Last Updated: Wednesday, 20 July 2016 11:28
Without a camera, scuba diving on its own is an experience in itself, surrounded by an abundance of life from another world, in less than minutes you've been captivated by the elements around you. The fish, coral, sand formations, pinnacles and the biggest thrill that seems to take everyones heart first is the 3 dimensional world.
Gravity is obviously present, however we are able to use it to our advantage at our own leisure. Using the air we've stollen from the surface gives us the ability to 1.) breathe and 2.) adjust our buoyancy and move almost like we are flying. These are the simple facts anyone learns on day 1, but to actually put these two into perfect practice, for most people, takes hundreds of dives. Perfect buoyancy for scuba diving comes with control, steady breathing and relaxation. Put a camera in your hands and everything goes to pot! Remember in school you'd practice rubbing your head then tapping your tummy at the same time? try adding the hula and your 8 times table as well. Takes a few goes!
Diving is my passion, anyone who knows me knows that. I love making movies, short films, pictures… anything! The fact I can combine these two together is my dream. Get me in the water with a camera and I'll film anything. What always enhances my love for these two is the dimensions I'm engrossed in when I'm diving and then watching the result of my underwater filming back. For example, part of a dive site, Twin Peaks, Koh Tao which we go to regularly has a 'Buoyancy World' north of the site. It has obstacle courses for the students to practice their buoyancy skills with. Within this is a concrete statue of a dinosaur around 2meters high and 2and a half long. A shot which I use at The Film Company starts on the sand at his tail and swim upwards towards the head following the line of his back, as I approach the bottom of its neck I lean over onto my side then to my back while swimming around, under then eventually over the statues head to create a 3D perception of what this sculpture actually looks like.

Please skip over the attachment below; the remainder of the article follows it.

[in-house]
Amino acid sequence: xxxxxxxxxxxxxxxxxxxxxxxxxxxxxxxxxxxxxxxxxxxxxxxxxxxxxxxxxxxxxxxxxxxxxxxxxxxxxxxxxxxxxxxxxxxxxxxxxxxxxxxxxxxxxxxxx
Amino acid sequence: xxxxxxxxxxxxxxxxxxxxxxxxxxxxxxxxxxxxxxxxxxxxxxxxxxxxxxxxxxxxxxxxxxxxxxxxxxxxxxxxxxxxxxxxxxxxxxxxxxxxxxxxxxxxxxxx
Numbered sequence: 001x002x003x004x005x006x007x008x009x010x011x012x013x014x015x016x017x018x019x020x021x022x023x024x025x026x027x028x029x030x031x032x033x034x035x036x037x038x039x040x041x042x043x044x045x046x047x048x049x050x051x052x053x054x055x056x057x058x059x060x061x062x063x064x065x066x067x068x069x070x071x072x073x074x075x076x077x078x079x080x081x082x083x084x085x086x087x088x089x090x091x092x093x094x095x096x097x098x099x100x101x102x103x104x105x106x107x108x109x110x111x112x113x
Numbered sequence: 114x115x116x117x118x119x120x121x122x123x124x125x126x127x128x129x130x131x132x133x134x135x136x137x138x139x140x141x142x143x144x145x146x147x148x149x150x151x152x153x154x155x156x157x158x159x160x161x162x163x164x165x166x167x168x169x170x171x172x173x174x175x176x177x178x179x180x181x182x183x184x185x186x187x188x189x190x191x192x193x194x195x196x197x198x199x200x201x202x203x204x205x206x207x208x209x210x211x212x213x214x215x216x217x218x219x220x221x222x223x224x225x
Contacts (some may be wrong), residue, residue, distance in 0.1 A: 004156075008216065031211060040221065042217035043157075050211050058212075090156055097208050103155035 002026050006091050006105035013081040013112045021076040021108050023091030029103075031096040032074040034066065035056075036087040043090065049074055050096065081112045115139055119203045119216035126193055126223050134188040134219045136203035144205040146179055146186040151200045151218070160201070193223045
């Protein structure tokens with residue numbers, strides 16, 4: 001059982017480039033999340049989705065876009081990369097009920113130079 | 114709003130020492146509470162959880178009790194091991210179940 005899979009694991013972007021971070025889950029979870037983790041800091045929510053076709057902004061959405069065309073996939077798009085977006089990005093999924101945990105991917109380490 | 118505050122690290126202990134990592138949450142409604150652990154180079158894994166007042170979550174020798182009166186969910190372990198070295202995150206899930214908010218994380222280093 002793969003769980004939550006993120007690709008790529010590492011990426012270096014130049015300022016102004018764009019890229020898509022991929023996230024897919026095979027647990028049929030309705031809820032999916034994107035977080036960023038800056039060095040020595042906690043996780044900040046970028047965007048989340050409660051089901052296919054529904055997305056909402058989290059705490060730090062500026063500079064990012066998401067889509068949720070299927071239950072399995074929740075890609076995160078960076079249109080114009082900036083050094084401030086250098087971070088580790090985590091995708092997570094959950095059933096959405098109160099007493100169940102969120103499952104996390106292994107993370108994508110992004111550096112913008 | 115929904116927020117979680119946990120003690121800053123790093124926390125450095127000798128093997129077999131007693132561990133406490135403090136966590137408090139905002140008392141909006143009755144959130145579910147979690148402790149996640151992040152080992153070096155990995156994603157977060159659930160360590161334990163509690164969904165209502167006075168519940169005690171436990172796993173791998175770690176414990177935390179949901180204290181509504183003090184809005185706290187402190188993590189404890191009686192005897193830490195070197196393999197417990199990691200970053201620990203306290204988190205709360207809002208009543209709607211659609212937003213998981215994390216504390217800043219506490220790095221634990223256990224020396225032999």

The mechanics of this shot is THE reason why i love this job with my utmost passion. If you think back to the last film you watched, there may have been a scene with a 'swooping' camera shot from a great hight down to the subjects of the film. That shot was created by using heavy machinery, large cranes, days of planning with precise operations.
For me to create the same effect, when filming underwater all i need is 1.) ME, 2.) MY CAMERA oh and SCUBA DIVING EQUIPMENT- Bish-Bash-Bosh!